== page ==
Publication: Monitor Volume: 2 Issue: 114

Top Russian officials, including Prime Minister Viktor Chernomyrdin and leaders of the delegation to armistice talks, said over the weekend that the Kremlin was in constant contact with the Chechen insurgent leadership, and that the latter had decided to allow the June 16 elections to proceed in Chechnya without significant disruption. The decision was made June 14 at an enlarged meeting of the State Defense Committee — the highest authority of the resistance — with the participation of field commanders. Statements by Chechen acting president Zelimkhan Yandarbiev in recent days suggest that resistance leaders seek, through their restraint, to facilitate Boris Yeltsin’s reelection in hopes of reaching a political arrangement with him afterward.

The election to a Chechen "people’s assembly" held yesterday by the Moscow-installed authorities witnessed a modest turnout and met with a solid boycott in many parts of the republic, according to a number of Western and Russian news accounts. Turnout was modest in Grozny as well. The authorities kept the polls open for three days, June 14 through 16, instead of just June 16, in the hope of increasing the turnout. The types of fraud observed in the December 1995 election of Doku Zavgaev as "head of the republic" were reported again this time. The two Russian brigades designated as permanently stationed in Chechnya cast ballots for the People’s Assembly, and one of their commanders was elected a deputy to it. Its mandate will run for two years. The Chechen resistance leaders now pin their hopes on the post-election talks with the Kremlin. (Russian and Western agencies, June 15 and 16)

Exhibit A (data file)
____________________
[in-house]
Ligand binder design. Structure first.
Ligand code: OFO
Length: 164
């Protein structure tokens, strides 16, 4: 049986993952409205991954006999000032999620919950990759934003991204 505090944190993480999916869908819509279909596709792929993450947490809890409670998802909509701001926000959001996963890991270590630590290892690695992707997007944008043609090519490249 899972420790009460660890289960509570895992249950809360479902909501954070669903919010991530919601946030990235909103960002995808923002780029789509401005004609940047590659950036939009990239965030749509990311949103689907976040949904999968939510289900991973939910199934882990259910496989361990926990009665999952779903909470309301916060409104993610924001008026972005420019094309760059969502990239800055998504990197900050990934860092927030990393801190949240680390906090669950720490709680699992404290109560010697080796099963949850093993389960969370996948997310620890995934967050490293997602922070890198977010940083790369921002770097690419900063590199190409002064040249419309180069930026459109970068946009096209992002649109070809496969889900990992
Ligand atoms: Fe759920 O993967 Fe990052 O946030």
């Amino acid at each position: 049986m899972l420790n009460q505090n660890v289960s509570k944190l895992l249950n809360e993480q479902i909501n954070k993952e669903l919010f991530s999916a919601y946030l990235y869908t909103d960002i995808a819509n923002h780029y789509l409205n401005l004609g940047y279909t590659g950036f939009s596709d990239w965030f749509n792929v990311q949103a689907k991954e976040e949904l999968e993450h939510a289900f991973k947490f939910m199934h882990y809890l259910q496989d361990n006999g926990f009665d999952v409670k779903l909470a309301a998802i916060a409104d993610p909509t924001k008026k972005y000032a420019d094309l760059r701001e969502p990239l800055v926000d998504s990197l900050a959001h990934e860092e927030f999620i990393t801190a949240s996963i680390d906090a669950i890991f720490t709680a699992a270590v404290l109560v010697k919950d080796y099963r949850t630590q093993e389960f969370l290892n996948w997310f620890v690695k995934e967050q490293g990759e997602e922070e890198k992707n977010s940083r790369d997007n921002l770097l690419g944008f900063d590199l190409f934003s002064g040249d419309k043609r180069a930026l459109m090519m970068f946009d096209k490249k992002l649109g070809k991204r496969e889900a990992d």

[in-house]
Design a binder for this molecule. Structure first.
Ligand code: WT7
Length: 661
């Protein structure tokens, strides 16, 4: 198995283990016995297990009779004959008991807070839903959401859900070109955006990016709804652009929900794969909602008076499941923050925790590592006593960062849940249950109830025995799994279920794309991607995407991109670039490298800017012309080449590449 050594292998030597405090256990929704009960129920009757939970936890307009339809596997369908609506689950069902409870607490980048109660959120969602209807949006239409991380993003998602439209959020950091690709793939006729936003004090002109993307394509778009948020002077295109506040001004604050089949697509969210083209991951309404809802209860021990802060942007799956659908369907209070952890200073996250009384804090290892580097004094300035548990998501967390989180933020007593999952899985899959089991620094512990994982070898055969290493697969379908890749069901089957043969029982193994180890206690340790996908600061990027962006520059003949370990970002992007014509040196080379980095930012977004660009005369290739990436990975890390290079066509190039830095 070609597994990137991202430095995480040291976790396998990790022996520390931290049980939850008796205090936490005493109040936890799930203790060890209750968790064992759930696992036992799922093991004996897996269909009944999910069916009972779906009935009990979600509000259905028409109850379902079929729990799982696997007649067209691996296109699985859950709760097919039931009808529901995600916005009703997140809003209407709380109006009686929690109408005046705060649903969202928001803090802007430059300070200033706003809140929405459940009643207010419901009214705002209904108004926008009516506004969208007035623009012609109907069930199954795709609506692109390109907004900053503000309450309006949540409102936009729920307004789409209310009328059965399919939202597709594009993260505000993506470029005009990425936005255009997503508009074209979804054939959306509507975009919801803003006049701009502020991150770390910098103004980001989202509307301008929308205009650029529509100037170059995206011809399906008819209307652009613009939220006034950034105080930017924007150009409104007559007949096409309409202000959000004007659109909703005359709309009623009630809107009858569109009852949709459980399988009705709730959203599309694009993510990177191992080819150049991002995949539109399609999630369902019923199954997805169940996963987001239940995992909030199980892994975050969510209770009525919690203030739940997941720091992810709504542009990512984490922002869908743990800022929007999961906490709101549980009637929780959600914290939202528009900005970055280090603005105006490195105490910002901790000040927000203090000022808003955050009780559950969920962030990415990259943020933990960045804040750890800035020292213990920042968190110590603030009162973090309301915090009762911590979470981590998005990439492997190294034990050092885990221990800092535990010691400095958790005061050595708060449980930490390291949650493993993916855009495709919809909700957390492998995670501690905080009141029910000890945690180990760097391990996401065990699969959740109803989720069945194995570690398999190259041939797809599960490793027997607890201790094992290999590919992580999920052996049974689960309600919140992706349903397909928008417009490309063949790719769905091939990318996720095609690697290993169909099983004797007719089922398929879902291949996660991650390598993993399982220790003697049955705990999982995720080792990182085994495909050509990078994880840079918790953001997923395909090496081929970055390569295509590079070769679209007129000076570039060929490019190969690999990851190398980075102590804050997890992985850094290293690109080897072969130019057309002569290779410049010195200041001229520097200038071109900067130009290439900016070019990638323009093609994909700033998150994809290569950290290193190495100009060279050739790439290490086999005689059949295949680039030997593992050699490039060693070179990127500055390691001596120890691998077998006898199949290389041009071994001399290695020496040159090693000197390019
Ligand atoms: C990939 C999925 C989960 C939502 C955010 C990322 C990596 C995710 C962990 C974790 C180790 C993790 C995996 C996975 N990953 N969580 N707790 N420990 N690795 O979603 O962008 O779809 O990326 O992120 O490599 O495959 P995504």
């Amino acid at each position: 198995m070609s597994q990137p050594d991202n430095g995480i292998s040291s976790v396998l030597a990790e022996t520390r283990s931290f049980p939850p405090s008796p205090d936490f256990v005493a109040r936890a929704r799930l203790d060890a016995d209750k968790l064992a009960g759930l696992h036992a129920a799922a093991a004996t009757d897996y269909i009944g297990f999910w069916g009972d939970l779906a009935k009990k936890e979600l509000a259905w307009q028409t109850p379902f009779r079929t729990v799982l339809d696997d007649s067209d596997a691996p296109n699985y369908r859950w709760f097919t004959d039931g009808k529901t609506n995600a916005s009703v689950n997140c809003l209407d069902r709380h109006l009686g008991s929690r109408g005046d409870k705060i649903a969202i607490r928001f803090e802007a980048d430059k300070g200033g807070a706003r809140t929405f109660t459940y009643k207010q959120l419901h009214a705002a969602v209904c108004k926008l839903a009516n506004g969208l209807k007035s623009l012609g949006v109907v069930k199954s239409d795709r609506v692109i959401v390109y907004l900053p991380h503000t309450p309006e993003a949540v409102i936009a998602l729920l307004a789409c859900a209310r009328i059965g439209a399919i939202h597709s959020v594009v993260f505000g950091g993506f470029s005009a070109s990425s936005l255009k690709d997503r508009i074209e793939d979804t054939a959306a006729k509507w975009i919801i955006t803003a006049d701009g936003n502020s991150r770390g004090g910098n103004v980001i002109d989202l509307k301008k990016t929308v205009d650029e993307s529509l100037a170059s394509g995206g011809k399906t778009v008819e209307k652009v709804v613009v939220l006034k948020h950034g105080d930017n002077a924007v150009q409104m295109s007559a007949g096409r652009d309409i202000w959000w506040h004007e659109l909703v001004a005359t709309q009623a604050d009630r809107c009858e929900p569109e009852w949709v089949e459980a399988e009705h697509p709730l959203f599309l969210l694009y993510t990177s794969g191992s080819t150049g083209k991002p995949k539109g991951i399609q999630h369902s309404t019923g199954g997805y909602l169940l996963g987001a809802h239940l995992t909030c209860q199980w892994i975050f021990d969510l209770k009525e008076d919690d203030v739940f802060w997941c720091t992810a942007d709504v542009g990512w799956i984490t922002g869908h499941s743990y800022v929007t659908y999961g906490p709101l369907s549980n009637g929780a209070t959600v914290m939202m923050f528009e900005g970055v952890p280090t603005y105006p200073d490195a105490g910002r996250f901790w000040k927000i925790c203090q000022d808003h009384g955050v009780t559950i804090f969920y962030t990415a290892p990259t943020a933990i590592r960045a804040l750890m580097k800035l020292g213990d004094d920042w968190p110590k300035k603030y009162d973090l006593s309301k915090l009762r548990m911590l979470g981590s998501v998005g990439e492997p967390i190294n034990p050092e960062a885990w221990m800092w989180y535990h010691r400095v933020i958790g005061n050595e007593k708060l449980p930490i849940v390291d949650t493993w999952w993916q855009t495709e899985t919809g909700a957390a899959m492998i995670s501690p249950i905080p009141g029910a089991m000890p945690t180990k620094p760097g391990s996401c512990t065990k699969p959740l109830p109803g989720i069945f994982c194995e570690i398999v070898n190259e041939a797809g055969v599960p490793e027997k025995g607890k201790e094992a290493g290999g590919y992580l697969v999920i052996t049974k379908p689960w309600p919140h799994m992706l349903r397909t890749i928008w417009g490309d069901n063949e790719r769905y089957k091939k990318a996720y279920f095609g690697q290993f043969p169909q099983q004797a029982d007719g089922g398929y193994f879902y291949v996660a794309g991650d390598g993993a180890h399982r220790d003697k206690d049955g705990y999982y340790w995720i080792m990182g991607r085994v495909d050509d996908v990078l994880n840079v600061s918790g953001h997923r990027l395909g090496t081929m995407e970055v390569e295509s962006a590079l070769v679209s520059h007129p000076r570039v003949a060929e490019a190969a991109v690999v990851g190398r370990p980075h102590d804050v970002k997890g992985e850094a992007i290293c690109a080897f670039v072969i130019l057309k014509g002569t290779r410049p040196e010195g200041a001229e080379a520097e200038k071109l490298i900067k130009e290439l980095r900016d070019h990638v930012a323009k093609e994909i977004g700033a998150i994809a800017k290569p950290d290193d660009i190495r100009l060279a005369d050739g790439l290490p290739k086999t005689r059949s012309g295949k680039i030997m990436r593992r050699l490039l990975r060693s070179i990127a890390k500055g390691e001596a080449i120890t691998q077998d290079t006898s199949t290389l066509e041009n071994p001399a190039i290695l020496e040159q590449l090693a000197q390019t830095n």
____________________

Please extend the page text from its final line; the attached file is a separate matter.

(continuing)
White House Warns Against Turn from Democracy…